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Question-asking Protocol 

What is it?

The question-asking protocol simply takes thinking aloud one step further in that instead of waiting for users to vocalize their thoughts, you prompt them by asking direct questions about the product. Their ability (or lack of ) to answer your questions can help you see what parts of the product interface were obvious, and which were obtuse.

How do I do it?

As with the thinking aloud method, you begin by providing your participants with the product to be tested (or a prototype of its interface) and a scenario of tasks to perform. Ask the participants to perform the tasks using the product, and explain what they're thinking about while working with the product's interface. Also ask them pointed, direct questions about the product; for example, "How would you send the email message?" Their response, either in terms of the product being tested or in other products from their past experience, will provide insights into their mental model of the product.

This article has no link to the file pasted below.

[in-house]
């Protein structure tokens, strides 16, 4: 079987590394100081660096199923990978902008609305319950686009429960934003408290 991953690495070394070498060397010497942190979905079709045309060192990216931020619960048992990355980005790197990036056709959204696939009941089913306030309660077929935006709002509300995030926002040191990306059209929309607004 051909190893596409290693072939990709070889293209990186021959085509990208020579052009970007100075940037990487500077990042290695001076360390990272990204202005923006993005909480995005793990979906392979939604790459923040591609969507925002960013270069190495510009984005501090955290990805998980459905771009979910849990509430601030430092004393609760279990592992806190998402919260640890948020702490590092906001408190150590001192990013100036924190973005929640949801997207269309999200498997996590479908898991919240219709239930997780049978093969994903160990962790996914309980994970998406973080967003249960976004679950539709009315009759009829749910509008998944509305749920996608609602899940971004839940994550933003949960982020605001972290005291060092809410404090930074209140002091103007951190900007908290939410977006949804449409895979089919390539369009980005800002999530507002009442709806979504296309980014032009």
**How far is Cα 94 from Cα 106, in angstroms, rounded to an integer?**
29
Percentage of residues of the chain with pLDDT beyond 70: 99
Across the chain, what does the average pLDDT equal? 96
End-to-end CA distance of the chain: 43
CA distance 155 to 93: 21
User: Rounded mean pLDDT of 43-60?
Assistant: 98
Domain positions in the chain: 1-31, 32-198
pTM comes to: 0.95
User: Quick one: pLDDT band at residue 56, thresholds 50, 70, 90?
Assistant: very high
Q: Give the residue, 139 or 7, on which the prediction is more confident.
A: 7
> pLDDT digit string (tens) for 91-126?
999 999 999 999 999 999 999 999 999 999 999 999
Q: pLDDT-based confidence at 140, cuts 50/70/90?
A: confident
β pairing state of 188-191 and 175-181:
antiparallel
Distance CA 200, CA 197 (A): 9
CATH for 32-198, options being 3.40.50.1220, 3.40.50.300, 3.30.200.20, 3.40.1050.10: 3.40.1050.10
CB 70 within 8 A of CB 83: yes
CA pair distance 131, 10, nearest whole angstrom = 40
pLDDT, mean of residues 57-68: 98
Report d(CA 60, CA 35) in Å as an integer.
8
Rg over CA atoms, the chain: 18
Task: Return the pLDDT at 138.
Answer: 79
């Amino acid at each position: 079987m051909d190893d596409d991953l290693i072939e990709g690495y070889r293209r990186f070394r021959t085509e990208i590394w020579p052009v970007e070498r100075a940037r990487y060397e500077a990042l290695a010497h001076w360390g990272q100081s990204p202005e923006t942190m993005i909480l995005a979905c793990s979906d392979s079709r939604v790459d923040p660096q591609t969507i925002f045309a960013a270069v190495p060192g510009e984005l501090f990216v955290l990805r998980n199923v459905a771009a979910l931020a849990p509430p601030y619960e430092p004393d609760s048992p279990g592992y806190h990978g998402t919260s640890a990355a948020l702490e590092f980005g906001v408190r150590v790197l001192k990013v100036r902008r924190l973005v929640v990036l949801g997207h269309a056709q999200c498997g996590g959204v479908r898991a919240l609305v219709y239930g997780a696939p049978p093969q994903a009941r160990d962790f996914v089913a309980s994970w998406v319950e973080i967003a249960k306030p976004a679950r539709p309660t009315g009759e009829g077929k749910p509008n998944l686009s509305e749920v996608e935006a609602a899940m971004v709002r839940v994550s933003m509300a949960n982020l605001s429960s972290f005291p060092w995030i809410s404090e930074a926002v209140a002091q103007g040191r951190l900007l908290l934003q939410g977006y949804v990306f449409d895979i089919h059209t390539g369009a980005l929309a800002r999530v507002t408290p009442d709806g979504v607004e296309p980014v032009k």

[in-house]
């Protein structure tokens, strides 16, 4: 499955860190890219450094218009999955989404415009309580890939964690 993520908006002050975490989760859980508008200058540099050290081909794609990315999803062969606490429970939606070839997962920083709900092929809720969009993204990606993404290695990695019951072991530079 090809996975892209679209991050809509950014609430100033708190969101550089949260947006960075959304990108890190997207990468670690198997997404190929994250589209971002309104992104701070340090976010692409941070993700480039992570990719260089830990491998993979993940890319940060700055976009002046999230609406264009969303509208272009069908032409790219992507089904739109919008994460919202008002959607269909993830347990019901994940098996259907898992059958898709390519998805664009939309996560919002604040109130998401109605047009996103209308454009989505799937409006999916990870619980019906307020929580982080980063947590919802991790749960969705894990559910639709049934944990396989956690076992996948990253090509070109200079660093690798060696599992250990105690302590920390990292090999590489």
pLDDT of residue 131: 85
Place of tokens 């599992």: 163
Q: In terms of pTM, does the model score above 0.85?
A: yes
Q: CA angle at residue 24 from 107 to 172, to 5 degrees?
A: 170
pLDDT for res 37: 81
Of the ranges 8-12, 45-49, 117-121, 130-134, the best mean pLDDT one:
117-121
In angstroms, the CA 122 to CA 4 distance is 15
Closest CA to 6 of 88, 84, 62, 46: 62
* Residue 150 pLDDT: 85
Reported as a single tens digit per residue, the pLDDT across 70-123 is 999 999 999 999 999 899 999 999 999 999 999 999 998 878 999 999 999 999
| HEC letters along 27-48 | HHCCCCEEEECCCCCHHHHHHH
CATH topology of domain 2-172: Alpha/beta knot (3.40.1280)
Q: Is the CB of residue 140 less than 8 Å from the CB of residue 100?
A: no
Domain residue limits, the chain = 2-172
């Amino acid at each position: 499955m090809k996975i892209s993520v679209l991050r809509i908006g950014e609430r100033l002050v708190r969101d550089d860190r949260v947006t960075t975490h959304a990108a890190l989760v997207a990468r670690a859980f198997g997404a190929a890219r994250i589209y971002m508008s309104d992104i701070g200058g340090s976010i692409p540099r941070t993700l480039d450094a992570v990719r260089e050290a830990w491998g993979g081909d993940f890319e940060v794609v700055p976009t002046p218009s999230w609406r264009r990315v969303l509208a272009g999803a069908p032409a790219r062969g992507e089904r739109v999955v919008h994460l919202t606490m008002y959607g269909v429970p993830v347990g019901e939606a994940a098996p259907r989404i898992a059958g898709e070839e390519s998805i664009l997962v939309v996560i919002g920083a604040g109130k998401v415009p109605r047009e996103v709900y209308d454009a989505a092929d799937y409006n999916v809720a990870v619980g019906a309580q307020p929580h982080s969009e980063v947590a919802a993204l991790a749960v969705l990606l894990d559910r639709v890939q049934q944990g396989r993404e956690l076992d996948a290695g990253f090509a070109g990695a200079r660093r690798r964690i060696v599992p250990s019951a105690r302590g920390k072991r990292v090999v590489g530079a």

When should I use this technique?

Use this technique during any phase of development.

Who can tell me more?

Click on any of the following links for more information:

Dumas, JS, and Redish, Janice, A Practical Guide to Usability Testing, 1993, Ablex, Norwood, NJ
ISBN 0-89391-991-8 (paper)

Lindgaard, G., Usability Testing and System Evaluation: A Guide for Designing Useful Computer Systems, 1994, Chapman and Hall, London, U.K. ISBN 0-412-46100-5

Rubin, Jeffrey, Handbook of Usability Testing, 1994, John Wiley and Sons, New York, NY ISBN 0-471-59403-2 (paper)
 
 
 

All content copyright © 1996 - 2016 James Hom